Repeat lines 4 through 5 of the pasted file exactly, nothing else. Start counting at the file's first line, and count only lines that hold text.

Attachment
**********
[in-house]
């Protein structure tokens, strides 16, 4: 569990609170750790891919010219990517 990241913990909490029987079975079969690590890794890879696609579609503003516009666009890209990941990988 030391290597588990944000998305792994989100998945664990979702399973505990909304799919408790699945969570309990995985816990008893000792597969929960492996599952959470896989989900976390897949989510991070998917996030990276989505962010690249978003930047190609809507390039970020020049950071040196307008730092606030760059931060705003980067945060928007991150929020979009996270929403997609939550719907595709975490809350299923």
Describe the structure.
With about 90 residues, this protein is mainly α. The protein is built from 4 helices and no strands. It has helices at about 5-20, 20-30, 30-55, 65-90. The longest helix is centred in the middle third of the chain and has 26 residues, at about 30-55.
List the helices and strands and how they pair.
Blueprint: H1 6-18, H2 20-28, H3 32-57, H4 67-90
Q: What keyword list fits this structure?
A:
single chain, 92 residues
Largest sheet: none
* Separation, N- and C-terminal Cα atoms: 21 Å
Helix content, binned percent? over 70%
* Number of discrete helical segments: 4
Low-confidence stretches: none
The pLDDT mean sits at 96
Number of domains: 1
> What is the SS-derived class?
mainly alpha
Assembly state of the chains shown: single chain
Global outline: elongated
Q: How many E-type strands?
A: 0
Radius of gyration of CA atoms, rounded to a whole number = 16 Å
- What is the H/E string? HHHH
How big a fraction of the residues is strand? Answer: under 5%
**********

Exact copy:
With about 90 residues, this protein is mainly α. The protein is built from 4 helices and no strands. It has helices at about 5-20, 20-30, 30-55, 65-90. The longest helix is centred in the middle third of the chain and has 26 residues, at about 30-55.
List the helices and strands and how they pair.